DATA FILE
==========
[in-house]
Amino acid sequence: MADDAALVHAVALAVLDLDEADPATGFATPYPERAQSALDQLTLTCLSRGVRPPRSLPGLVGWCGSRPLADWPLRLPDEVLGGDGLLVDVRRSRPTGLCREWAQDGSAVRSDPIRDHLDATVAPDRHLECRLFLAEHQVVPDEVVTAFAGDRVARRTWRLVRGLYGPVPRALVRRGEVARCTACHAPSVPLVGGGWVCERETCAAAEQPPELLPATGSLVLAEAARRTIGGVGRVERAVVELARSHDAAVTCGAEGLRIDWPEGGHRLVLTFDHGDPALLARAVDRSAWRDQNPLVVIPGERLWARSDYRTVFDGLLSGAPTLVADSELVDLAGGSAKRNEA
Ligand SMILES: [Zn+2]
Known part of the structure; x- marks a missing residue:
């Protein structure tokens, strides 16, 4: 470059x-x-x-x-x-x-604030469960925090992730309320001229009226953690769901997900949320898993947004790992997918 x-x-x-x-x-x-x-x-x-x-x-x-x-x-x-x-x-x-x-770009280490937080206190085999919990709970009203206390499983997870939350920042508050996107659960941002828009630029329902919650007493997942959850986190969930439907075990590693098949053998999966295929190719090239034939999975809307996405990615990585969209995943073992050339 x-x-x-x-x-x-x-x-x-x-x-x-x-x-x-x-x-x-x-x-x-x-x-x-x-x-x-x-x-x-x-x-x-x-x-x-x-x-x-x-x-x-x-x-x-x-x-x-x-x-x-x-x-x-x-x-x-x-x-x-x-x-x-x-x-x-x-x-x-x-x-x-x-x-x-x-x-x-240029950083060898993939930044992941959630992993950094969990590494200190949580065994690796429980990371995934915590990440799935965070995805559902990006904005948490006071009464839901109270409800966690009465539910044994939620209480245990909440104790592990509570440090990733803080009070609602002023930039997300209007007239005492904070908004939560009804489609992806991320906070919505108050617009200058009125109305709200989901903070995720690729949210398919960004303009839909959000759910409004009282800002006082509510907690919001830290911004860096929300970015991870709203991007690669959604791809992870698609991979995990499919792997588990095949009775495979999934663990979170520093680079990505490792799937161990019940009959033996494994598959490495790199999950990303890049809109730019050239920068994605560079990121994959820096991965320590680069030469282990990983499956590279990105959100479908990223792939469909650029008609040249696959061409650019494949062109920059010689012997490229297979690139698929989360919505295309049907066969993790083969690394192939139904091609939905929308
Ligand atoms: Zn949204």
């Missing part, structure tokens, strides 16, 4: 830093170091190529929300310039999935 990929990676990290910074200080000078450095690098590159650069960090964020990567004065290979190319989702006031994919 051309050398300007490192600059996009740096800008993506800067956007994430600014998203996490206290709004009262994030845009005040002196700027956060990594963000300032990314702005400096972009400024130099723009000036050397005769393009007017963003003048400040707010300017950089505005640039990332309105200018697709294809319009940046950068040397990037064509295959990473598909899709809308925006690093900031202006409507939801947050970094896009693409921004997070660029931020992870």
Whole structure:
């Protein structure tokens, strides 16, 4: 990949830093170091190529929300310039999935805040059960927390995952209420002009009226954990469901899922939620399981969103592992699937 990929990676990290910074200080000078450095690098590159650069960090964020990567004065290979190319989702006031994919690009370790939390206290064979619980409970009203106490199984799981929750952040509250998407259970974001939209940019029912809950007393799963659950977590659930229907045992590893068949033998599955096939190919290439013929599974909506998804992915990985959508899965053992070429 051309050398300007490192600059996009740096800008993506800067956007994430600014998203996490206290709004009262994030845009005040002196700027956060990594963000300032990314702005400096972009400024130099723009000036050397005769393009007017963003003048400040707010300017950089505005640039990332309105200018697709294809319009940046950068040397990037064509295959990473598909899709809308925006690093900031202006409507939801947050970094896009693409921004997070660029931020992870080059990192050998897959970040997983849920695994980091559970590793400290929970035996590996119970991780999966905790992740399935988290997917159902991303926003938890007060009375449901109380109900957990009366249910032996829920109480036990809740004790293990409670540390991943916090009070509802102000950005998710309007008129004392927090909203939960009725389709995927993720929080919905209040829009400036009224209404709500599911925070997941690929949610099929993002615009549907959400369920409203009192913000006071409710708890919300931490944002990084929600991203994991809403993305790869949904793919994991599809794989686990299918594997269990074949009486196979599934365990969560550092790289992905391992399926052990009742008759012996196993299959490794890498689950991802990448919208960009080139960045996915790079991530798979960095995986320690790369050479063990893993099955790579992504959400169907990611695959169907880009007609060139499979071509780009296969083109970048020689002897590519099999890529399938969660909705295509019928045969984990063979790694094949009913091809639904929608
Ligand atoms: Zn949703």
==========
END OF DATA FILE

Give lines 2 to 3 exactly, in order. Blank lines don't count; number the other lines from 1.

Amino acid sequence: MADDAALVHAVALAVLDLDEADPATGFATPYPERAQSALDQLTLTCLSRGVRPPRSLPGLVGWCGSRPLADWPLRLPDEVLGGDGLLVDVRRSRPTGLCREWAQDGSAVRSDPIRDHLDATVAPDRHLECRLFLAEHQVVPDEVVTAFAGDRVARRTWRLVRGLYGPVPRALVRRGEVARCTACHAPSVPLVGGGWVCERETCAAAEQPPELLPATGSLVLAEAARRTIGGVGRVERAVVELARSHDAAVTCGAEGLRIDWPEGGHRLVLTFDHGDPALLARAVDRSAWRDQNPLVVIPGERLWARSDYRTVFDGLLSGAPTLVADSELVDLAGGSAKRNEA
Ligand SMILES: [Zn+2]